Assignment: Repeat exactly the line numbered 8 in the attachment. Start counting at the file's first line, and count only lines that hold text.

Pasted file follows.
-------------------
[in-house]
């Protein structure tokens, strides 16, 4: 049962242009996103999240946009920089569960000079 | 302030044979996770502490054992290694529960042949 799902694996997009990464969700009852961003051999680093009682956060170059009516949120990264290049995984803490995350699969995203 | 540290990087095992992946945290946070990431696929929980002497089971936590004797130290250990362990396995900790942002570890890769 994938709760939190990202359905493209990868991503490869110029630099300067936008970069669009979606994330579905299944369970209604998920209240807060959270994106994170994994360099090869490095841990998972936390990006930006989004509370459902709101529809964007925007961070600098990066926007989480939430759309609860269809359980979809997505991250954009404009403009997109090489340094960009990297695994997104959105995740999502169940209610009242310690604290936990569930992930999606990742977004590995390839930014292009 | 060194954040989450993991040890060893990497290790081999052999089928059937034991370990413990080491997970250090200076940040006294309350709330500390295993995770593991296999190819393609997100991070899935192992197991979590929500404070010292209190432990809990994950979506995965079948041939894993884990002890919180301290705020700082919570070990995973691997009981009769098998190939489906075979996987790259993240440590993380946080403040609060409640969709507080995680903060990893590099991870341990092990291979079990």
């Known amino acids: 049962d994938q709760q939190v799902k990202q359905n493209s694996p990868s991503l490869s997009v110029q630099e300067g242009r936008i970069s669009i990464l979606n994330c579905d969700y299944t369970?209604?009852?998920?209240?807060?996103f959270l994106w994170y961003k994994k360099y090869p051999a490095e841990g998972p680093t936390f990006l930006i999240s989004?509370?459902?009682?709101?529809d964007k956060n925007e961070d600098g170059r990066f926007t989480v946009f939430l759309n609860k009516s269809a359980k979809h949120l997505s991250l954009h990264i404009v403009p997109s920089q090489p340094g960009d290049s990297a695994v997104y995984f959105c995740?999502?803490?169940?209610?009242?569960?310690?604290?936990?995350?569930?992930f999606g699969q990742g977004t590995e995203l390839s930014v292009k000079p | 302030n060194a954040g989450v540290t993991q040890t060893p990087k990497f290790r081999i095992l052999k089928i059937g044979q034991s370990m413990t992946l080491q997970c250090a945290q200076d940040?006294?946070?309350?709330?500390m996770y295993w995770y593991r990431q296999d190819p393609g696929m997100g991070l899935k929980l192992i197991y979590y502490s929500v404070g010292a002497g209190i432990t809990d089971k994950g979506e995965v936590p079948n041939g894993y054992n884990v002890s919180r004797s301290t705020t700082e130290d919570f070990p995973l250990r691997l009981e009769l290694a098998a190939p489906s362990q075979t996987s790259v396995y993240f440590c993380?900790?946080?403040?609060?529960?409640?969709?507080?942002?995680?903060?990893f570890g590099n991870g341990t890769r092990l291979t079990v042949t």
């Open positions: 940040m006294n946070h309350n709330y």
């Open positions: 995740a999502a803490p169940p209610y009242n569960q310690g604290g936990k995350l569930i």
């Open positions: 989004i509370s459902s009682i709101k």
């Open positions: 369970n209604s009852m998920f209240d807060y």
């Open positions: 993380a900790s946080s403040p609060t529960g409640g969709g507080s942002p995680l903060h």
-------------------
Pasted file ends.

């Open positions: 993380a900790s946080s403040p609060t529960g409640g969709g507080s942002p995680l903060h």